The Tasmanian Devil number Y48, the yellow wing Brown Bomber, and the holographic Tasmanian Devil have been the best overall lures to use on the lakes over the past month, however this is the time of the year that we sometimes start to move into pink or orange colours. It’s also well worth running the brown trout or spotted dog Rapalas, and the pinkie Rapala will also be worth a try as the trout become more aggressive.

Of course, if you are targeting the really big brown trout then you are best using really big lures like 9cm to 13cm Rapalas. I find the Jointer Rapalas best as you can troll them a bit slower and still have good action on the lure.

Some of the better trolling areas this month will be Sid’s Bay through to Rushes Bay but this is a tricky area to fish with the lower lake levels. You need to be vigilant as there are trees and shallow spots that can pop up out of nowhere. Also try Waste Point or Creel bay for downrigging as there may be a few early spawning brown trout about, but they will mostly be deeper at 20 or so feet.

On the rivers and streams last summer was a very hot one and at present there is not a lot of flow (but that can change). I have found that the best flyfishing has been higher up in the mountains, with the mountain streams still producing lots of small trout on dry fly. This is heaps of fun, especially if you are just getting into the art of flyfishing. Try a small Hopper pattern, Royal Wulff or Royal Humpy. A caddis moth fly is also not a bad option.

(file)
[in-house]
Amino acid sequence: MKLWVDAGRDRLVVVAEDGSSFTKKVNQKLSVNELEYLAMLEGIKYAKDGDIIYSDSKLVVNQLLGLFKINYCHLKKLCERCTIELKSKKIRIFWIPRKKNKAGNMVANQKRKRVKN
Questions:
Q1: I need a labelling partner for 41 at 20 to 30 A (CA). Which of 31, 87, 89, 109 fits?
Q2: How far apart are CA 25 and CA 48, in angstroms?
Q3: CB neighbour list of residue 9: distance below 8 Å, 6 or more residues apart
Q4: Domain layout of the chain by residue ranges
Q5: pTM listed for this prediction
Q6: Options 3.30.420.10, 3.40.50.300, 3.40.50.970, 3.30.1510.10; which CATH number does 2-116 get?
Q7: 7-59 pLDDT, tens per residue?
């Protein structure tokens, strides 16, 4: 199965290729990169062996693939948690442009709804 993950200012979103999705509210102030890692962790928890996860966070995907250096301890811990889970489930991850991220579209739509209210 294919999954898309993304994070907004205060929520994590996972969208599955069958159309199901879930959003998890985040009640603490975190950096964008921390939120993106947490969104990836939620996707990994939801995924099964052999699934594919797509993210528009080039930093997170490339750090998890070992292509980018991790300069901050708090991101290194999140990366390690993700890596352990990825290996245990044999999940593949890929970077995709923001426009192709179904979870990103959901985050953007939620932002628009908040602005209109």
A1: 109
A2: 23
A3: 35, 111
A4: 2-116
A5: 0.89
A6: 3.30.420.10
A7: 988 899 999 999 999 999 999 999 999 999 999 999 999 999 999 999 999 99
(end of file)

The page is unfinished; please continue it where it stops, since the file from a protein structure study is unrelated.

The Thredbo River still has a little dry flyfishing to offer on some days but we will be swinging into the nymphing season very soon. As the month goes on and more early spawning brown trout move into the Thredbo River you might start trying a black nymph, and if we get that heavy rain and a rise in the river we might see a start to glowbugs and nymphs.

On the lake, the best flyfishing is at night. Try any of the streamer patterns such as Craig’s Night Time or a black Woolly Bugger. Olive green nymphs and shrimp patterns are also worth a try. The South Arm, Creel Bay and Hayshed Bay are all great.

For the lure anglers, the Thredbo River will only improve as the month goes by and the best lures will be jointed minnows as the brown trout start to become really aggressive and territorial.

Other lures like the Gillies Spinas, Vibrax spinners or Celtas are certainly a must in your lure box. It is also well worth a try in the smaller alpine streams using these same lures, as once again these little fish can be a lot of fun. I always crimp the barbs for easy release.

April roundup – the best of the best!

Best method – Surface trolling early and then using lead core lines at 30m out.

Best depth - Trolling at 25ft deep. 35ft middle of the day using downriggers.

Best lake lure – Tasmanian Devil number 111 or Y82.

Best lake area – Hayshed Bay and it’s worth a look at Waste Point.

Best fly method – Dry fly: Parachute Adams or black cricket. Wet fly: black weighted nymph.

Best river – Thredbo River above The Diggings.

If you want to know more about the latest in fishing conditions just give me a call on 02 6456 1551 or check out our Facebook page at Steve Williamson’s Lake Jindabyne Trout Fishing Adventures.

Until next month, hope you catch the big one.